Providers and team members are also motivated by the processes that exist within a hospital to encourage compliance, including career advancement, performance reviews, rewards and punishments. Mr. Maxfield says hospitals commonly err by pairing a facility rule with sanctions and rewards that are non-existent, inconsistent or overwhelming. If rules have no clear consequences, providers will quickly realize that the hospital has no way of enforcing bad behavior or rewarding effort, and they may become disillusioned. Instead, Mr. Maxfield says hospitals should try to use sanctions and rewards that ignite personal motivation and provide a context for social motivation. He gives the example of a Boy Scout's merit badge. While the badge itself is not worth much, earning the badge gives the Boy Scout an occasion to feel proud and gives his family members a chance to recognize his efforts.

Hospitals should try to reward providers in the same way, he says. If hospitals make the reward too great, team members are likely to pursue compliance for the sake of the reward rather than for the sake of safety. Instead, hospitals should design a method of recognition that is used sparingly and automatically lets people know that the employee has succeeded in their job. He says he has worked with hospitals who use an "OR safety badge" that providers can give to team members who point out safety hazards.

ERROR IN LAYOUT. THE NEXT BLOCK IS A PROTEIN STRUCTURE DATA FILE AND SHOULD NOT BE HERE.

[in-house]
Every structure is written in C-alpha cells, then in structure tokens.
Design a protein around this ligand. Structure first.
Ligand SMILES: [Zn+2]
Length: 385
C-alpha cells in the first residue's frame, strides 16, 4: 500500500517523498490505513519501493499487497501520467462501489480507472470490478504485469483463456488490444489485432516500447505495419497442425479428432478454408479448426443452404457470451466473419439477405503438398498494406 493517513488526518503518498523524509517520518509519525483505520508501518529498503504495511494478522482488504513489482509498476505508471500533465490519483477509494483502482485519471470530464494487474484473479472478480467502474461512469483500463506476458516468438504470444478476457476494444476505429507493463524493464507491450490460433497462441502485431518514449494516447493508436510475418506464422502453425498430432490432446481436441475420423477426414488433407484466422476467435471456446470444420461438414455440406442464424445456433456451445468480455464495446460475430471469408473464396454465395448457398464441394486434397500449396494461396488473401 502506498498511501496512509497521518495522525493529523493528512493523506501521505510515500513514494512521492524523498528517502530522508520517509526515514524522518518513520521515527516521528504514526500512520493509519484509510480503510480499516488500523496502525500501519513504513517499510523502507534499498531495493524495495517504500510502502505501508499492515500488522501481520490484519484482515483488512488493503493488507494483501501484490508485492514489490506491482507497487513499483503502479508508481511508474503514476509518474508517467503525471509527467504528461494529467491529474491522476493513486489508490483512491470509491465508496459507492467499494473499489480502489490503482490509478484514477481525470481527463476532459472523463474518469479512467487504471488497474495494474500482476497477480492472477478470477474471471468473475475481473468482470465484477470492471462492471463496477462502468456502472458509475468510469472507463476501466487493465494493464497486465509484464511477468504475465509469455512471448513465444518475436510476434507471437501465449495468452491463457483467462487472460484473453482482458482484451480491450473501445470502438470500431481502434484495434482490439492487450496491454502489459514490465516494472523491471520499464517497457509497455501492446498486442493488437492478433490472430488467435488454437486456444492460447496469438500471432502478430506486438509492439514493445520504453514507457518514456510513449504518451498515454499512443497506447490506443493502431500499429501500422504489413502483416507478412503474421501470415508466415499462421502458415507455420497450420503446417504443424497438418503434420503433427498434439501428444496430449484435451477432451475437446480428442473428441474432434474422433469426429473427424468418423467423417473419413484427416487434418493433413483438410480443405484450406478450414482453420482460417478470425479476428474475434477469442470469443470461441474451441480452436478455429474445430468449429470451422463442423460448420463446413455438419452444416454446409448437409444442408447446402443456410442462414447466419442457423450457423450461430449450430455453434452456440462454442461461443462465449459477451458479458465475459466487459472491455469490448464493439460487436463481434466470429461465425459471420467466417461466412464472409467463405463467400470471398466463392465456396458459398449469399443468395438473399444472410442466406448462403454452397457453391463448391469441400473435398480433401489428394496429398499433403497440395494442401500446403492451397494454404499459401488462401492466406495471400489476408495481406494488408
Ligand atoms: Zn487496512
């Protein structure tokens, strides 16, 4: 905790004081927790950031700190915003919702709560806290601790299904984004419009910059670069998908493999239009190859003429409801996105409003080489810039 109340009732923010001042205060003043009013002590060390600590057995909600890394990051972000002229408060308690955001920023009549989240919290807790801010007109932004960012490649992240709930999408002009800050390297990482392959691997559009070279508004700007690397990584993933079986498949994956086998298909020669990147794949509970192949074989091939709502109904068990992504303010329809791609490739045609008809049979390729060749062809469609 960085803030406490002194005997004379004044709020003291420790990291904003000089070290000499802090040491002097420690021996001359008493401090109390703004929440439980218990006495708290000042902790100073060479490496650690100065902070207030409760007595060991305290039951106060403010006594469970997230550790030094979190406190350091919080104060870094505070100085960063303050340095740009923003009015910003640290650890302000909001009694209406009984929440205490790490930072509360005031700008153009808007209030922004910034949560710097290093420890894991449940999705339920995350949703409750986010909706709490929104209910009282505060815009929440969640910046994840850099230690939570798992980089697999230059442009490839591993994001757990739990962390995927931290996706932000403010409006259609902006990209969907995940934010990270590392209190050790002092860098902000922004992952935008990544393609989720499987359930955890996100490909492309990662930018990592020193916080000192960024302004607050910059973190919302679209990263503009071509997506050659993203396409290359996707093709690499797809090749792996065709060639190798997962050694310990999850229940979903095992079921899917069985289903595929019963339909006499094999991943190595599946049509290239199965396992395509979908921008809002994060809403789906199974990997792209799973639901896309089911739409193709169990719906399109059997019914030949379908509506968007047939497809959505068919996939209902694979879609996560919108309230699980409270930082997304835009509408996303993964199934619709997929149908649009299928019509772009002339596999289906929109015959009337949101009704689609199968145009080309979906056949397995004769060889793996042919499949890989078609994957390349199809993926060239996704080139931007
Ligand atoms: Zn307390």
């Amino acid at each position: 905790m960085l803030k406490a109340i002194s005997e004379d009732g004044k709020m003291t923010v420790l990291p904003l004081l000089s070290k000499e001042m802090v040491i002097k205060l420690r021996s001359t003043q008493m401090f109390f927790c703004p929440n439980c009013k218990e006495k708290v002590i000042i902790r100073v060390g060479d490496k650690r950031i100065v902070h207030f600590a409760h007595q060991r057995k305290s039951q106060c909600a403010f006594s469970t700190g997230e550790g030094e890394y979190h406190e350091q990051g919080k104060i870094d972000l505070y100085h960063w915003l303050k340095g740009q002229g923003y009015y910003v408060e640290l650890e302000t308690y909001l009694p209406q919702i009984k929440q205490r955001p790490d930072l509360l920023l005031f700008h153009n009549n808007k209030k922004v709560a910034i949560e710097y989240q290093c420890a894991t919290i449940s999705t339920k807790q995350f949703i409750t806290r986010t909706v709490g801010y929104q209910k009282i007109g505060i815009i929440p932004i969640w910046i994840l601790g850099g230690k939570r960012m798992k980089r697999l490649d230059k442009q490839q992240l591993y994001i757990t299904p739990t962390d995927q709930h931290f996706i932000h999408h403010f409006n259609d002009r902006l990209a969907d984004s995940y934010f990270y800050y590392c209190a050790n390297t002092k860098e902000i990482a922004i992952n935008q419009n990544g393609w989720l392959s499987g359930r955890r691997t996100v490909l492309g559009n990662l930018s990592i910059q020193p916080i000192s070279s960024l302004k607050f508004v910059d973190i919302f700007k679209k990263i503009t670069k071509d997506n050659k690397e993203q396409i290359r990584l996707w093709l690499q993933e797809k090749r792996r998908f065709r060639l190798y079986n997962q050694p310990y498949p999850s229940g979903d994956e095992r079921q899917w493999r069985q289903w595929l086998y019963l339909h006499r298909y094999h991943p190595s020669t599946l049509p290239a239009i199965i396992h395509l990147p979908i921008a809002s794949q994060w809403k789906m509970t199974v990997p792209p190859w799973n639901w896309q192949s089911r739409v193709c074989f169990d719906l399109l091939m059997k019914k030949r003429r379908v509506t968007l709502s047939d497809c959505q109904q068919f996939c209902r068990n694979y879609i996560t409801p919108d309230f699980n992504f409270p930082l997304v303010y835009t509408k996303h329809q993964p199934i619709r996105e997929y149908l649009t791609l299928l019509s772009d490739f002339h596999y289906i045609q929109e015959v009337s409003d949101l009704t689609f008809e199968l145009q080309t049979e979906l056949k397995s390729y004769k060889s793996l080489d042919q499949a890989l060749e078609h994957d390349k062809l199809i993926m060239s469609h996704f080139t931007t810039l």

6. Structural ability. Structural ability concerns the way hospitals encourage providers and team members to deal with communication problems and report safety issues. Mr. Maxfield says that he recently worked with a hospital that was trying to reduce disruptive behavior in the OR. Through talking with physicians, his team found that physicians today are surrounded by "lines in the sand," legal and regulatory policies that increase bureaucracy and exacerbate physician frustration. The physicians said that when they express frustration in the operating room, it's usually because they have encountered the same issue 10 times previously, and the problem has simmered under the surface for months before coming to a head.

To reduce disruptive OR behavior, the hospital implemented a "triage system" that would deal with physician frustration. When a problem arose, a physician could approach the team leader and categorize the problem as one, two or three. A category one problem would be require immediate help; a category two problem would need a 24-hour turnaround time; and a category three problem would need prolonged attention and possibly funding. "It wasn't just saying, 'You can't blow your top in the operating room,'" Mr. Maxfield says. "It was saying, 'We want to lower the pressure in the operating room so you won't be tempted to blow your top.'" He says the debriefings allowed physicians to vent frustrations and discuss patient safety issues on a regular basis, rather than exploding after months of annoyance.